Partnership for Restoration and Learning | Carolinian Canada

Partnership for Restoration and Learning

Carolinian Canada Coalition, Municipality of Chatham-Kent and Western University partner for restoration and learning

In the fall 2013 term, the Biology3222F (Special Topics in Restoration Ecology) class partnered with Carolinian Canada Coalition and the Municipality of Chatham-Kent to provide students with a unique learning experience allowing them to apply theory they learn in the classroom to a real world scenario. The class is run as a Community Service Learning course which includes community service with local partners. Groups of students worked on projects related to management and restoration of habitat along the Canada South Corridor in eastern Chatham-Kent, which will be converted to a natural heritage multi-use trail. The many challenges of restoring the former rail corridor are opportunities for students at Western University to learn the science and practice of restoration. The class included a field trip to the corridor where students were able to study the site and collect data to help them write their plans.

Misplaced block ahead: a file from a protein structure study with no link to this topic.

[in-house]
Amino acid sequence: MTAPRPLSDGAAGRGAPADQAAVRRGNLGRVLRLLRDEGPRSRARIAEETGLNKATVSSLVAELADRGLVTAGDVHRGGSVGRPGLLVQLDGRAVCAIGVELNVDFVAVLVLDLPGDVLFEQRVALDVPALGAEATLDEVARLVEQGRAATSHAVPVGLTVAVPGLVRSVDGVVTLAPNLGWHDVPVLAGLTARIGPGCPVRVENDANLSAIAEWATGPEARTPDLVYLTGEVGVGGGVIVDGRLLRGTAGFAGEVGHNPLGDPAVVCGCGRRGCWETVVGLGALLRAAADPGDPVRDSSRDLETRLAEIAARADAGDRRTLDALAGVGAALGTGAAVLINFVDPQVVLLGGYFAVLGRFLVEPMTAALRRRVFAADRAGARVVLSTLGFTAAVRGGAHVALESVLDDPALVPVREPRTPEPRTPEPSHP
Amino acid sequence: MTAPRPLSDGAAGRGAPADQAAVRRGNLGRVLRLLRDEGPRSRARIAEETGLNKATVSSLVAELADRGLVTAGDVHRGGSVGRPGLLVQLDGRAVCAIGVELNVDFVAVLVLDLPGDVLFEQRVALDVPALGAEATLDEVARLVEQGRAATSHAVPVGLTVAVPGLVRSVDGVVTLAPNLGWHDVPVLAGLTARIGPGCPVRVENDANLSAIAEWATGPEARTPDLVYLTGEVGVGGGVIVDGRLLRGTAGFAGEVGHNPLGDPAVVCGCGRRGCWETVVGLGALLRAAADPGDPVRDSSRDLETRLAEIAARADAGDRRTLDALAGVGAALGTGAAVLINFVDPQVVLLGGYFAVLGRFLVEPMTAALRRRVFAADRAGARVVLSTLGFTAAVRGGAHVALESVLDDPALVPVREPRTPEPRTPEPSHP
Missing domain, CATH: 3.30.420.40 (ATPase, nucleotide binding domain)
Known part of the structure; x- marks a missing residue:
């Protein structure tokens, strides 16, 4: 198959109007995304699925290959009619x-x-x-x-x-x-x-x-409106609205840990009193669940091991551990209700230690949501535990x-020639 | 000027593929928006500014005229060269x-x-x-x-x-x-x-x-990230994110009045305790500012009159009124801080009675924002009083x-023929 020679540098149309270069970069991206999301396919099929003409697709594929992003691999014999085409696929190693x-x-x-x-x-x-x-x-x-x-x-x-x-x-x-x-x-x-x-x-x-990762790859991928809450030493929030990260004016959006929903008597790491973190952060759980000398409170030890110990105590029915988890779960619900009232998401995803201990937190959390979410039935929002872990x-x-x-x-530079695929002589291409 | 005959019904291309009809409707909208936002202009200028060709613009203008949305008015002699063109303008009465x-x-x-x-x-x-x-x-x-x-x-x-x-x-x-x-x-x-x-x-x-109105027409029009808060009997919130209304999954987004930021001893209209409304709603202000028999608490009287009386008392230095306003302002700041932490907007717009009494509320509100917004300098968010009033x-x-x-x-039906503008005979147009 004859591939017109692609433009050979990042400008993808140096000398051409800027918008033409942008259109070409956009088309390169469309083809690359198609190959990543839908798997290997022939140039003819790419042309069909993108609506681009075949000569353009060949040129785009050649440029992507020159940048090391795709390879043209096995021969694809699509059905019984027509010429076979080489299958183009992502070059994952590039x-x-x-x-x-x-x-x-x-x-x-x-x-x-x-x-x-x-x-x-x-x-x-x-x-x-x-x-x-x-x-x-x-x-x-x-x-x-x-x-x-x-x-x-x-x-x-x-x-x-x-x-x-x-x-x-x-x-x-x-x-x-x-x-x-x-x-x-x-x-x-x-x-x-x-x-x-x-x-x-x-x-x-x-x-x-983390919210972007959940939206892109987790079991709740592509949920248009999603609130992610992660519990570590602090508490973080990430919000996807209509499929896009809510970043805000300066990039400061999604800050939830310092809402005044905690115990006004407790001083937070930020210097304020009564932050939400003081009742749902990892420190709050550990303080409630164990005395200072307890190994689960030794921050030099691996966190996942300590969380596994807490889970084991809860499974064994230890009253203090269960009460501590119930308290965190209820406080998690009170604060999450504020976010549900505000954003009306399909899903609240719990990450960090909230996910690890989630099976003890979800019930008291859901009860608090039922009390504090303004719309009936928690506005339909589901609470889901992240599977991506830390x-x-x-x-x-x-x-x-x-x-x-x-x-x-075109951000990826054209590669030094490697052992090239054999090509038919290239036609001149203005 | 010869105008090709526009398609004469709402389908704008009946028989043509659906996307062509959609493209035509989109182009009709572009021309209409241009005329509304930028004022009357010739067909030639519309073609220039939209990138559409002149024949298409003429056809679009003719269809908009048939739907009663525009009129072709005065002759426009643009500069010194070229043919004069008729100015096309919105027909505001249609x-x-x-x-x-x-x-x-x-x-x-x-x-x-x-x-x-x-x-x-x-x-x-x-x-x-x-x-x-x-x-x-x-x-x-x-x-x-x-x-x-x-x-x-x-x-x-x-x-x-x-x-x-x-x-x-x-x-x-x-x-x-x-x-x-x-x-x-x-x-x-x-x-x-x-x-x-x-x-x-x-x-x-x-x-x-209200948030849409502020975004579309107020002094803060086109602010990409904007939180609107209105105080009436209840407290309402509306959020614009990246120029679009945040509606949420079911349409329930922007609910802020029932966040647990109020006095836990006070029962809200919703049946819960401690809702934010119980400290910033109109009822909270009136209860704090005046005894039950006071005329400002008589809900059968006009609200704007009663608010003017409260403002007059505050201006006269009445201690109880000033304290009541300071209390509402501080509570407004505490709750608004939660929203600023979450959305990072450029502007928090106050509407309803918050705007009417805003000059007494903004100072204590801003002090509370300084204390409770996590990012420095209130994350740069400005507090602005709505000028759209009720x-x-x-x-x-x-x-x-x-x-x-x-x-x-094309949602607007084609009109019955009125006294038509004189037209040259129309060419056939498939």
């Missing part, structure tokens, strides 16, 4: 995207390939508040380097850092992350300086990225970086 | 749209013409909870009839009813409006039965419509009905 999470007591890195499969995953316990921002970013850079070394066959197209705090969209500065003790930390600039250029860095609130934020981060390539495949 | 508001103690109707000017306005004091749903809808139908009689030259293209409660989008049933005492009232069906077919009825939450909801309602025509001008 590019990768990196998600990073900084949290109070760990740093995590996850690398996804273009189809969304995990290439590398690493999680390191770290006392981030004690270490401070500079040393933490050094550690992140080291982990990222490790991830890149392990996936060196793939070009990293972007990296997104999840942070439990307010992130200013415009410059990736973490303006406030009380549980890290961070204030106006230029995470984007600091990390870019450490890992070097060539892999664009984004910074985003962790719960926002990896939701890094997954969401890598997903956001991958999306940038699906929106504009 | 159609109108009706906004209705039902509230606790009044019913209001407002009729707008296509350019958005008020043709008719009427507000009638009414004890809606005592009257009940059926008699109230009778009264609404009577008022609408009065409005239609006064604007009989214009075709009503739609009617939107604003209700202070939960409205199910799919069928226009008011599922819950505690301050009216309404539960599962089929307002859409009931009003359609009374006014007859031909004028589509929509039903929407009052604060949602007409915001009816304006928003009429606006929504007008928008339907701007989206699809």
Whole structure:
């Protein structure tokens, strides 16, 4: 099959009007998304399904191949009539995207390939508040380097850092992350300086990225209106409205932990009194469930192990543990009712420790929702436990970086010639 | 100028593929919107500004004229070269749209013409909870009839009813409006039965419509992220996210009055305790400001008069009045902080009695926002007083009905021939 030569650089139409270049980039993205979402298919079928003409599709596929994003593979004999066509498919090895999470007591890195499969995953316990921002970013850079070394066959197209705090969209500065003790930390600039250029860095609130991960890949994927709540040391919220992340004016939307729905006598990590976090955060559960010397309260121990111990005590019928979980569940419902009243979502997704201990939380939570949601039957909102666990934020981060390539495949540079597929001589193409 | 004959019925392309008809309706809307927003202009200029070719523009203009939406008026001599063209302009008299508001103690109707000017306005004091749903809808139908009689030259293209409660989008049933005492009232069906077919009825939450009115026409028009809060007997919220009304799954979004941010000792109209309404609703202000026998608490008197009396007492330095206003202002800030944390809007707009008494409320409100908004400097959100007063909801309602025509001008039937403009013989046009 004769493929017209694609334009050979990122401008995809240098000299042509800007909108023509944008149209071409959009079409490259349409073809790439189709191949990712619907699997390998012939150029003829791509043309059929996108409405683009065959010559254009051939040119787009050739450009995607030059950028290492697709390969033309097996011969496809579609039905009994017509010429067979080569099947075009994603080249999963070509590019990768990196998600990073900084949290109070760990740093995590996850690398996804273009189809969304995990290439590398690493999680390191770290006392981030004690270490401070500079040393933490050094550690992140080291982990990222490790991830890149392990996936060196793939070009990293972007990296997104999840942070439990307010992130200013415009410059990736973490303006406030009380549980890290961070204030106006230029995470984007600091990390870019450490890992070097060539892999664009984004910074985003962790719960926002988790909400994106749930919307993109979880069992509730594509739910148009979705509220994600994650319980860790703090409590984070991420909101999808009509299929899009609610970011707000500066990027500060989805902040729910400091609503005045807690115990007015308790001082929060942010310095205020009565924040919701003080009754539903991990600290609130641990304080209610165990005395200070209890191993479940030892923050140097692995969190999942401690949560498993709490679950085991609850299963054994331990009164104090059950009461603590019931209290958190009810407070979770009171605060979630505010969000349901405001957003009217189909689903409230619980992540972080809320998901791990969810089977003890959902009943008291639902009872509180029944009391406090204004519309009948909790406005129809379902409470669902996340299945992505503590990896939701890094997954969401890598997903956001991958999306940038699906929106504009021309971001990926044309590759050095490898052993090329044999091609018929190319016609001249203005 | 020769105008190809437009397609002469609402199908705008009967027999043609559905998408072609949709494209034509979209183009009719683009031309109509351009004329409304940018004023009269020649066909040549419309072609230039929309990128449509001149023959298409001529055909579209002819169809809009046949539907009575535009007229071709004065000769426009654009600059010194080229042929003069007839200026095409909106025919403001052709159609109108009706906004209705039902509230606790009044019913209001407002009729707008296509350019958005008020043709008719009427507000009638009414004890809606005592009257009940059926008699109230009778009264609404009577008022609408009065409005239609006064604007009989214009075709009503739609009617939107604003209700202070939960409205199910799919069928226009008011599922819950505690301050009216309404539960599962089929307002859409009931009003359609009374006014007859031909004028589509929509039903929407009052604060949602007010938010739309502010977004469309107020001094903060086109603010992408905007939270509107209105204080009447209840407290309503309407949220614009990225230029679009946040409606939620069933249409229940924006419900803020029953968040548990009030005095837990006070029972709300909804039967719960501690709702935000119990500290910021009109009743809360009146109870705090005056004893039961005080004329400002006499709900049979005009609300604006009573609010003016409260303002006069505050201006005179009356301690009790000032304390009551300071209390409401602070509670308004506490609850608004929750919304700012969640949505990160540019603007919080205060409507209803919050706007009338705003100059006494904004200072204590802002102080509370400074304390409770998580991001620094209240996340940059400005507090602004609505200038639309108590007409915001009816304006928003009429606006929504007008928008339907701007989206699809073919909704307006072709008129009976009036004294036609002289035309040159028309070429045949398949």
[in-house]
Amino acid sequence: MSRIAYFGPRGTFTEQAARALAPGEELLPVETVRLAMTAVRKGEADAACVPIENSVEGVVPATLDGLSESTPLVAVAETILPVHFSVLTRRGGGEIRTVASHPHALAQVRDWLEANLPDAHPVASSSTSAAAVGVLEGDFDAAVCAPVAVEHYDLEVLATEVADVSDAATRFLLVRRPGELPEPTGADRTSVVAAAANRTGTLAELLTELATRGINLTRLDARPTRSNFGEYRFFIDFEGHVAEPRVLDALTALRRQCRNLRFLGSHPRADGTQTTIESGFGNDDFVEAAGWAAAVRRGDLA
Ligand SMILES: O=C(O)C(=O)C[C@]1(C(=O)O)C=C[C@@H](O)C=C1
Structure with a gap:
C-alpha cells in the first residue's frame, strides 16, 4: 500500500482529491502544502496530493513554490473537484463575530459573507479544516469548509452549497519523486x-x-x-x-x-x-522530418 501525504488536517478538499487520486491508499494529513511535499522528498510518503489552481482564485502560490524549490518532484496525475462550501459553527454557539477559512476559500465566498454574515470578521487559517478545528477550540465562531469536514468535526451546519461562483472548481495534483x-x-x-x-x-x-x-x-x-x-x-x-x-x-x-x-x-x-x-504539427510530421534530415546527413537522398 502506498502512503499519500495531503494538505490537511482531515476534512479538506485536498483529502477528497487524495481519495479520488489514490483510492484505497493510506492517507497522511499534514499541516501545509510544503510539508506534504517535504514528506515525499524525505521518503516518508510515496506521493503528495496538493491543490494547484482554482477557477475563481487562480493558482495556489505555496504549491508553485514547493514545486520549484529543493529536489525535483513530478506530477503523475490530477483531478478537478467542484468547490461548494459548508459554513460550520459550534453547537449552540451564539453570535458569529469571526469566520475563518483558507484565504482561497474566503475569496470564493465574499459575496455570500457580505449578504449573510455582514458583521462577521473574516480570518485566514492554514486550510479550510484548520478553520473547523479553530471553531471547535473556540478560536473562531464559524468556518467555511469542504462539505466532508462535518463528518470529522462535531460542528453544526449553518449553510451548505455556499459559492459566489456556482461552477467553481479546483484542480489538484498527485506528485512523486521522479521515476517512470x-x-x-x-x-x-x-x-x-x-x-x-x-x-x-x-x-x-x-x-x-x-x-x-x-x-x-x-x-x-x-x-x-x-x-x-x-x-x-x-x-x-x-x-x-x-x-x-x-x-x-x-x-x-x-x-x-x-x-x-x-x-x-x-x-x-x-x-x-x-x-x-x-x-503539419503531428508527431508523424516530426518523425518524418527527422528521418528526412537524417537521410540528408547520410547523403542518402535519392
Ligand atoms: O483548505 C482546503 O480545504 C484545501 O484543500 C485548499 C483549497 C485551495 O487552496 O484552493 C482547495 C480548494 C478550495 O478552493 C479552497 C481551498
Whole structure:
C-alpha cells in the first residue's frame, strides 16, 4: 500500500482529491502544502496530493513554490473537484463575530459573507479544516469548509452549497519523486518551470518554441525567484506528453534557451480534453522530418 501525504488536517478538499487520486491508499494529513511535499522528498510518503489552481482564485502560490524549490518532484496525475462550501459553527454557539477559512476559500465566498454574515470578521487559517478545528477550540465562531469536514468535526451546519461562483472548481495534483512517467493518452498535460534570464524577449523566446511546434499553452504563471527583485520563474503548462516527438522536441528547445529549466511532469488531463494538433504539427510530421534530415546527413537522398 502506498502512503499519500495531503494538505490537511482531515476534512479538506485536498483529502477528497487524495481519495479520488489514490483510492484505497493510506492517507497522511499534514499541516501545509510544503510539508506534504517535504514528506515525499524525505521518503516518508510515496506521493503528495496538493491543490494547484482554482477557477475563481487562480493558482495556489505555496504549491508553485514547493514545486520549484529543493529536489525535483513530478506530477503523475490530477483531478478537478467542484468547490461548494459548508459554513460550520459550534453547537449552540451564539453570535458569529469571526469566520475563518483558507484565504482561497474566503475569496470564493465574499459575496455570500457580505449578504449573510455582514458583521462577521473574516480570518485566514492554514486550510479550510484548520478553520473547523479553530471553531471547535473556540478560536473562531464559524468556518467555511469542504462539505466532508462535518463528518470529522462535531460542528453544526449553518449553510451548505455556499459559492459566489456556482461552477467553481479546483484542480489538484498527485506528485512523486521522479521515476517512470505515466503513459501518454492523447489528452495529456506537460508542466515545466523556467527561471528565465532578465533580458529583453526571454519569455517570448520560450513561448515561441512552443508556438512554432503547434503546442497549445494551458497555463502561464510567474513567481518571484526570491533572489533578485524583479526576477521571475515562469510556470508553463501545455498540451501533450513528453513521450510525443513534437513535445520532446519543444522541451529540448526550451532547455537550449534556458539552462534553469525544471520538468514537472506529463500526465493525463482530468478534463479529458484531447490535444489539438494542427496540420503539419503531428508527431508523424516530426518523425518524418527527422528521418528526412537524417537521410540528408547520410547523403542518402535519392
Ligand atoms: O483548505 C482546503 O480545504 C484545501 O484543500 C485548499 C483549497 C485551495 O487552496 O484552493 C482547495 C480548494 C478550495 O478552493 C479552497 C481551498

Each group prepared a presentation, a report and a trail sign on their chosen site – forests, prairies, woodlands and a drainage ditch. Students looked up historical maps of the area, researched habitat types and restoration methods, set goals for restoration and developed ways to measure success of projects. One group even prepared a 3-D model of their site!

In addition each student interviewed a local landowner, community member or professional to find out more about their connection to nature. Students used the interview to write stories celebrating nature in Chatham-Kent. The interview also provided the opportunity to get to know the community in which they were working and added inspiration for creative trail design.

All projects were submitted to Carolinian Canada Coalition and the Municipality of Chatham-Kent. The partners benefited from the fresh perspective and energy of enthusiastic students who are able to bring current research to the planning and decision making for the corridor. In addition, this partnership engaged a younger generation in their community and showed them the many benefits of volunteering their skills.

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